Leniency rewards early plea

00:00, Jul 04 2014

A judge said fining an Eketahuna farmer for his second drink-driving conviction "smacks of fining the rich" but has done exactly that.

In the Palmerston North District Court yesterday, Jonathan David Baxter pleaded guilty to the offence.

He was caught in Palmerston North in the early hours of June 29.

The 31-year-old's reading was 827 micrograms of alcohol per litre of breath; the legal limit is 400mcg.

Defence lawyer Richard Bedford asked Judge Gregory Ross to fine Baxter instead of imposing the sentence of community work typically prescribed for a second drink-driving conviction.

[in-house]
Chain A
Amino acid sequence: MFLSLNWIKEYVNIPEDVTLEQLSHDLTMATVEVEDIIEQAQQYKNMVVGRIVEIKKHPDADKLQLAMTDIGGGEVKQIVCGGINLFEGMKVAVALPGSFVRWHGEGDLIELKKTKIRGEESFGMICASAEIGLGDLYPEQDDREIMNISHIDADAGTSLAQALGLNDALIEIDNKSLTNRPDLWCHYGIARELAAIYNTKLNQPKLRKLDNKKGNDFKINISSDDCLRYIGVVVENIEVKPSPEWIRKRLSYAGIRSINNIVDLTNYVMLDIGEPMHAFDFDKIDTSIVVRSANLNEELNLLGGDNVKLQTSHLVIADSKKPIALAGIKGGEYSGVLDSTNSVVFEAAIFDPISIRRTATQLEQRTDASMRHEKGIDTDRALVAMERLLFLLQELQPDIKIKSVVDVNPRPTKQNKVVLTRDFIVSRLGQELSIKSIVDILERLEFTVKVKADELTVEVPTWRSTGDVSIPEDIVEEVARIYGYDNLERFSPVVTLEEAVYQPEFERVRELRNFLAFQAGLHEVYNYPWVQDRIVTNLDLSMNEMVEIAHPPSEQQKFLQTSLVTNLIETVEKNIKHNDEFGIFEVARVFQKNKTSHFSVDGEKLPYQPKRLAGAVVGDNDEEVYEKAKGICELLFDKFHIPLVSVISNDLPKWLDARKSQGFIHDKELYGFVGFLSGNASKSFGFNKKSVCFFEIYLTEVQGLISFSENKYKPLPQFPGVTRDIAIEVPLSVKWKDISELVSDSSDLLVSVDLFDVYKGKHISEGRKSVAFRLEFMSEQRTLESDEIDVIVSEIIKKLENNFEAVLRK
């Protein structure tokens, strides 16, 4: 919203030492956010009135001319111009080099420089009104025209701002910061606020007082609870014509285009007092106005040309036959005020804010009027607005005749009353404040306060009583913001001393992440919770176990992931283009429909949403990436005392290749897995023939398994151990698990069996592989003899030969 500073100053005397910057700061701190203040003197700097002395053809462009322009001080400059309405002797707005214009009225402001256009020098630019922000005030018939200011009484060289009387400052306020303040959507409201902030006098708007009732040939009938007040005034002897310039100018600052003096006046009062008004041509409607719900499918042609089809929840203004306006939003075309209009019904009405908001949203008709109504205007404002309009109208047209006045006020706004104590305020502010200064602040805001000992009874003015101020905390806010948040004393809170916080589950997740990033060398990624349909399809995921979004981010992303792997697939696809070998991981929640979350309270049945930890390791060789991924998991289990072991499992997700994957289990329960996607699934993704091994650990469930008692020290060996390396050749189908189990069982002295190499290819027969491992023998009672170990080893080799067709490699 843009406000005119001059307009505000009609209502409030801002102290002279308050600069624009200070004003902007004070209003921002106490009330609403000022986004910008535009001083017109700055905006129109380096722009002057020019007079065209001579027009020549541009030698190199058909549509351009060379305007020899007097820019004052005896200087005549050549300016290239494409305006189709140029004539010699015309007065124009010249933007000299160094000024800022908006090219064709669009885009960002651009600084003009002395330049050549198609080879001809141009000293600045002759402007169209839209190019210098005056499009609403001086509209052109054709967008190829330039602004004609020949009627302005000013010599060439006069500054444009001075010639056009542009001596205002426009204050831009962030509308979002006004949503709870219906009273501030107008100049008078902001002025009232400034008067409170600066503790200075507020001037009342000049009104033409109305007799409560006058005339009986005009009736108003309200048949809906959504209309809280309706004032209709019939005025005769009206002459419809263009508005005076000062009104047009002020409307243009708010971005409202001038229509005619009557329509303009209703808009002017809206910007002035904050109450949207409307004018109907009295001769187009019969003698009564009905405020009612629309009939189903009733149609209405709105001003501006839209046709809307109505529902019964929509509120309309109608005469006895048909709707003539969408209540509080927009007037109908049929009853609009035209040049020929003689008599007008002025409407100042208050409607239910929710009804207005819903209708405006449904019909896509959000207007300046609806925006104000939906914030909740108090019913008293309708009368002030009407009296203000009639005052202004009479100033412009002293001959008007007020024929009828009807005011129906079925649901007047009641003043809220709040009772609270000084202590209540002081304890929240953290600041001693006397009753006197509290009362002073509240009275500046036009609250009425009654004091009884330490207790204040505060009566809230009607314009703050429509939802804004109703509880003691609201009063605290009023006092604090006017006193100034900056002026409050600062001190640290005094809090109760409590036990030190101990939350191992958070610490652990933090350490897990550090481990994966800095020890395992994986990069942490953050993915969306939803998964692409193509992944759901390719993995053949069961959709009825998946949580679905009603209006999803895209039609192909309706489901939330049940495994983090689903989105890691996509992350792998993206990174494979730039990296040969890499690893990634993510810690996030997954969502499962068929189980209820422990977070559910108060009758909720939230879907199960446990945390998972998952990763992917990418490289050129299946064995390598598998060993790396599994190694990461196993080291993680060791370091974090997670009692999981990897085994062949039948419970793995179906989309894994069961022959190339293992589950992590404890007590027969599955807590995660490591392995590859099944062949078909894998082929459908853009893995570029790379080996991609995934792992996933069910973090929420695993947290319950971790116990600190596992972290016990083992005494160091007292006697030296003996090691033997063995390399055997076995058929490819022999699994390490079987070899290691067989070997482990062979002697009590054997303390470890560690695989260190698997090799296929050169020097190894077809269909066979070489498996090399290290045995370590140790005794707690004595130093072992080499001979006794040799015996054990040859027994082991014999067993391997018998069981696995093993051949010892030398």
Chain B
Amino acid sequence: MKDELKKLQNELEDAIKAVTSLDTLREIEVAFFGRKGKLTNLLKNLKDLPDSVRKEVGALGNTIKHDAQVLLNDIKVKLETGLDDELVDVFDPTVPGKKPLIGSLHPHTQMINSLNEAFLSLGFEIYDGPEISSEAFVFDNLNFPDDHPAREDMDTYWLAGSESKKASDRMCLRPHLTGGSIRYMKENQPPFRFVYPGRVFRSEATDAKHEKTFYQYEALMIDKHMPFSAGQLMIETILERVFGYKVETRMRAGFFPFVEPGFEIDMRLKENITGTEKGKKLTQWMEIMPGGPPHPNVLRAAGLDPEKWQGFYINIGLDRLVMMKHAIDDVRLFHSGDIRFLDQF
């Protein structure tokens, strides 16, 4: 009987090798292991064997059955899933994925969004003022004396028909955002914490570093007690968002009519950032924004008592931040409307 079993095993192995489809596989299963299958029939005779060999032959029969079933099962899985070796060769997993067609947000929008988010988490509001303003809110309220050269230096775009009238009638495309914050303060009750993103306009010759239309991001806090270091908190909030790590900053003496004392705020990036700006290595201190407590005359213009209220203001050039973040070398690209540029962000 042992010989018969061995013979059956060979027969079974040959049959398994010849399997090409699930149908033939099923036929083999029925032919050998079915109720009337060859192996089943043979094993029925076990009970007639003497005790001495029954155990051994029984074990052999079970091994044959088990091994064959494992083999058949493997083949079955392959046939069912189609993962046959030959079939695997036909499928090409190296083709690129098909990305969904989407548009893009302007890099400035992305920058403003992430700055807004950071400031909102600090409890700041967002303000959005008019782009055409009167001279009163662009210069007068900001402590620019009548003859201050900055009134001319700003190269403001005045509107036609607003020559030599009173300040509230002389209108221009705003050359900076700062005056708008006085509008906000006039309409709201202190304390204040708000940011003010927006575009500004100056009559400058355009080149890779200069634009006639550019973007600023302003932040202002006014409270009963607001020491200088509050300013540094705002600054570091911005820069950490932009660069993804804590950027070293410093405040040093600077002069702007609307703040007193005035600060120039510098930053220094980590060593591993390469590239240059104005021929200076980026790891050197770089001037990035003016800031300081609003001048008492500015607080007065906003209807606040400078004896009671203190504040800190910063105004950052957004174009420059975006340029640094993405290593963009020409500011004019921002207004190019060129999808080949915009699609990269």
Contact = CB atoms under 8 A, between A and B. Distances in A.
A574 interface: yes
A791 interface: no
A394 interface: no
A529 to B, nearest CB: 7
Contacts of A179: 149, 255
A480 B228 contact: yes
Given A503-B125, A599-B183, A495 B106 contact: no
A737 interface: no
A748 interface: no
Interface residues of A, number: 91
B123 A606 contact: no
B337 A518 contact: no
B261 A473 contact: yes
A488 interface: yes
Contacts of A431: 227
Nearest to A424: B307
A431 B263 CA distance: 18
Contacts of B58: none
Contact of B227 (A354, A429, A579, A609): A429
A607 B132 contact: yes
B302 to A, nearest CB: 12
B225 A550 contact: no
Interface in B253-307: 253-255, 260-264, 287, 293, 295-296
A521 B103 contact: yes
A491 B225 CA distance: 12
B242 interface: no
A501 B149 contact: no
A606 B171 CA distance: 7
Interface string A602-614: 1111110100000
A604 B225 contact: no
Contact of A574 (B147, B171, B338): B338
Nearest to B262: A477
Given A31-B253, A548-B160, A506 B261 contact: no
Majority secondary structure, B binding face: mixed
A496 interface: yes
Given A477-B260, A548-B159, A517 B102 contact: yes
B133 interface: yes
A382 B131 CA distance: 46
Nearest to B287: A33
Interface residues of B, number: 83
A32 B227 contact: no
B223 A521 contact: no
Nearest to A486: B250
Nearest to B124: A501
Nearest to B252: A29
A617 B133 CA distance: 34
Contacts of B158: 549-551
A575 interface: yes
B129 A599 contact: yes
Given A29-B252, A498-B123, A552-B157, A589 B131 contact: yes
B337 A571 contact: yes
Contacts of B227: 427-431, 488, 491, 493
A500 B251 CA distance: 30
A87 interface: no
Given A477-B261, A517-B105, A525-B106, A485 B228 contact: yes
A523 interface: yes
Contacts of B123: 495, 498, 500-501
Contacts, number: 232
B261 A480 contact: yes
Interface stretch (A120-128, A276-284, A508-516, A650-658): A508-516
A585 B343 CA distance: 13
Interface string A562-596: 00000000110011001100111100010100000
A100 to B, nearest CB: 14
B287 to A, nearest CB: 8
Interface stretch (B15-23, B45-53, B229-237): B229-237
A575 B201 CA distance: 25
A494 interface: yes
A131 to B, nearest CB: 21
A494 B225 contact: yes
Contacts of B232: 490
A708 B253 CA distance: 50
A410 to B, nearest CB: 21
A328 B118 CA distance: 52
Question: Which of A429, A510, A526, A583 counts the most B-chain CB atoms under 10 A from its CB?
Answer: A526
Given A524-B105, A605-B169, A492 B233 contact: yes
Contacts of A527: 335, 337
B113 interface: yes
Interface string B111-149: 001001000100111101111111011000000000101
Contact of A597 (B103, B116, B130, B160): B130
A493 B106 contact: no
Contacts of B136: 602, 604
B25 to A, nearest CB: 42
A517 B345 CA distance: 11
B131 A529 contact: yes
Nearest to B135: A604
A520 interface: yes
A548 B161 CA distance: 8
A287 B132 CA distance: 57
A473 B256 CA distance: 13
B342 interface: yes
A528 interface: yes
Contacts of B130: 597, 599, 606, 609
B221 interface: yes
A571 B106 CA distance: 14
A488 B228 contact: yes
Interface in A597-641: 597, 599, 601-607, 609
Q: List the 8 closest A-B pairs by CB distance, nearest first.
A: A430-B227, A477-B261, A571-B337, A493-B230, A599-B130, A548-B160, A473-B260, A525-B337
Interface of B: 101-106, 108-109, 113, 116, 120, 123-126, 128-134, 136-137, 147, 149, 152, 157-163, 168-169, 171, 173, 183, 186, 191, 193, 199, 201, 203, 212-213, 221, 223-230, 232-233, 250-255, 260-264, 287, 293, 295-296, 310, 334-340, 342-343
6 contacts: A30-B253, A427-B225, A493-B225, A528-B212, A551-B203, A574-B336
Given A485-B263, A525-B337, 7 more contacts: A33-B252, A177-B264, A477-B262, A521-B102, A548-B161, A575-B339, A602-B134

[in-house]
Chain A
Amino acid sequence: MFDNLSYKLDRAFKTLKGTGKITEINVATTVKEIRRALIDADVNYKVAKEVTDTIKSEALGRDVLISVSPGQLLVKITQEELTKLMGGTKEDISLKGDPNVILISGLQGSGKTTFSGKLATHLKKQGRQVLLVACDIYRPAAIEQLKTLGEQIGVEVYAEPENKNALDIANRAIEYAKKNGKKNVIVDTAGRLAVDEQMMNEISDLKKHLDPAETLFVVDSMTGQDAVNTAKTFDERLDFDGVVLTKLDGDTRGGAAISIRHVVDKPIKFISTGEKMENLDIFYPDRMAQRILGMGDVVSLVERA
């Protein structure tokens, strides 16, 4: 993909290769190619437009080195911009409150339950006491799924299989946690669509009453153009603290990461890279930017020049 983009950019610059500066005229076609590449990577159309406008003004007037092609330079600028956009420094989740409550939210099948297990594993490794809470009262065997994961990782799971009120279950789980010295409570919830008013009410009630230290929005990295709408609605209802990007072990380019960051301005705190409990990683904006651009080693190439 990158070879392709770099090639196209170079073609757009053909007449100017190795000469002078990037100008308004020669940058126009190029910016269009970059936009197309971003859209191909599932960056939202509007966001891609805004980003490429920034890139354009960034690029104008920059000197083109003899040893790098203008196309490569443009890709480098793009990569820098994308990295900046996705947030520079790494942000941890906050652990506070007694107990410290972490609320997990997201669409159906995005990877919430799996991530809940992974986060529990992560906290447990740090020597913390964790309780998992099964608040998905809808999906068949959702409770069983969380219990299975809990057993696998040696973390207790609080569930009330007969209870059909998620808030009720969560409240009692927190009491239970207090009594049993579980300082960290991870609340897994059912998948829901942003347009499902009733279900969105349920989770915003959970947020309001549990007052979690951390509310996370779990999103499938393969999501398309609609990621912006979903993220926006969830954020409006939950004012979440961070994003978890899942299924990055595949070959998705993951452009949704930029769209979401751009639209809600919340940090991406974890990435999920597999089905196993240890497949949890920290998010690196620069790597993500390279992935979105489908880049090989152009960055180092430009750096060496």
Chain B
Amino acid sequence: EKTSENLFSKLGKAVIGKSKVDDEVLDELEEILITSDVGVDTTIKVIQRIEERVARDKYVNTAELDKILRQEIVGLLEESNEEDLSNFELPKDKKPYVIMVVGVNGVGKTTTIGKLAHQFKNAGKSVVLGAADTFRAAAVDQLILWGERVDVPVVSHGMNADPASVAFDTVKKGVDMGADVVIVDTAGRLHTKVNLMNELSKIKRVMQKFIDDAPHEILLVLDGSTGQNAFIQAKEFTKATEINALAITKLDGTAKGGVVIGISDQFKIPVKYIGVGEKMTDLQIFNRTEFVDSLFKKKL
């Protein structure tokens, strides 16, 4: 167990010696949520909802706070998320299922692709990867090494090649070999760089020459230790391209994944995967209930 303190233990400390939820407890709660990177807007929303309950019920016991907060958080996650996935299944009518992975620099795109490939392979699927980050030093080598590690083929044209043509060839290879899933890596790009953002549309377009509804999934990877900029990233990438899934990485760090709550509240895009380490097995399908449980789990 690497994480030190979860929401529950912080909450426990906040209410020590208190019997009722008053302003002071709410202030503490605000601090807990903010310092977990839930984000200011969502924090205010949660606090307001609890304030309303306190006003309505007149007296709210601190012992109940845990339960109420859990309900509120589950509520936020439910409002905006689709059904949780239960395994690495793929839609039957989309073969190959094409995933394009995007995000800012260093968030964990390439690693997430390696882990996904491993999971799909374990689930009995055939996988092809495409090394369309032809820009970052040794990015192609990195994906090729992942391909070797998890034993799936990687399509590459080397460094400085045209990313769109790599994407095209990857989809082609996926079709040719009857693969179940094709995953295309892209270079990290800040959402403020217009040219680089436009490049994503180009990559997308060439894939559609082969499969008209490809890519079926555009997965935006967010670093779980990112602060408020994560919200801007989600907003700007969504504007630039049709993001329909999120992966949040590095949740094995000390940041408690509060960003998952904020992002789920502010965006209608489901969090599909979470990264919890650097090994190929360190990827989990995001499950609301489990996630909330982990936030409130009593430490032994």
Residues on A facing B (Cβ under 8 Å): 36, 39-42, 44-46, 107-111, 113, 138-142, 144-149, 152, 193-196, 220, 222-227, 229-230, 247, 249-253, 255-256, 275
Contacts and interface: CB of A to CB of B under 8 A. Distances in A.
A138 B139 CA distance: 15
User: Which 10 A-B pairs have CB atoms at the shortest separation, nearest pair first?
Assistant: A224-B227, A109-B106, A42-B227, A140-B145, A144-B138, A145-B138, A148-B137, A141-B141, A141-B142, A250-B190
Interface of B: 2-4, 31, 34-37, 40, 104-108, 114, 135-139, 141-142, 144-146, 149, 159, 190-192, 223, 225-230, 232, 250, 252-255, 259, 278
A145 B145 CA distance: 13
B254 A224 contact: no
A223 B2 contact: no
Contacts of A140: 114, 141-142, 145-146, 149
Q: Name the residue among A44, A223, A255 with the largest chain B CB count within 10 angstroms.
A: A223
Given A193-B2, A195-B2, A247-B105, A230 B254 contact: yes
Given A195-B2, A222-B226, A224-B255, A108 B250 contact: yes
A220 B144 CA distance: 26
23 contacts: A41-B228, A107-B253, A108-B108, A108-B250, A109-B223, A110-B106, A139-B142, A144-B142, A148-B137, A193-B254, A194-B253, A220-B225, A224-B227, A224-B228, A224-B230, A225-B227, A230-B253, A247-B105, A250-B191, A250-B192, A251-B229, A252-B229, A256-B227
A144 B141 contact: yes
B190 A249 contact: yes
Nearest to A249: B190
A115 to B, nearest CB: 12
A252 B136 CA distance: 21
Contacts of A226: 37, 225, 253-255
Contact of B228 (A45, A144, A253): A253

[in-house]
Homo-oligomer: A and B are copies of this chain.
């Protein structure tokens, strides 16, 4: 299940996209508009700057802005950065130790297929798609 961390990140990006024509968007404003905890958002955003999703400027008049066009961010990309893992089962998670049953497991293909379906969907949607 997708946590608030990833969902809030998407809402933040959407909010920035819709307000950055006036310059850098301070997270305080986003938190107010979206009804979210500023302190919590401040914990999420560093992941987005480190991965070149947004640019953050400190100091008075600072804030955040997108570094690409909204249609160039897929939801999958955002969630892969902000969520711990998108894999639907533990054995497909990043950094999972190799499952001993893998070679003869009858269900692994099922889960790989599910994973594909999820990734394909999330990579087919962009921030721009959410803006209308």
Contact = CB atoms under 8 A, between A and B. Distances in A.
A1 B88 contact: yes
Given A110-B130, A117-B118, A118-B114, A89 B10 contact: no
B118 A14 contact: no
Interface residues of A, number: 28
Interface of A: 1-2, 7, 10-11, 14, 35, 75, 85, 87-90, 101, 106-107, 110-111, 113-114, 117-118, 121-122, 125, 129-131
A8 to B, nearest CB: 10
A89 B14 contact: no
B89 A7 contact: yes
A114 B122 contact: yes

Baxter ran a farming operation and was about to start a busy time of the year with calving, Bedford said. "That will make it hard for him to do community work."


The judge said Bedford's request would go against what happened to most people on their second drink-driving conviction. "If it is just a fine, it smacks of fining the rich."

He fined Baxter, not for those reasons, but because he had pleaded guilty barely a week after being charged. Baxter was fined $900 and disqualified from driving for 10 months.

The judge said Baxter had a list of convictions for alcohol-fuelled offences, which showed he had an alcohol problem.

For that reason, he was also sentenced to nine months of supervision.

Manawatu Standard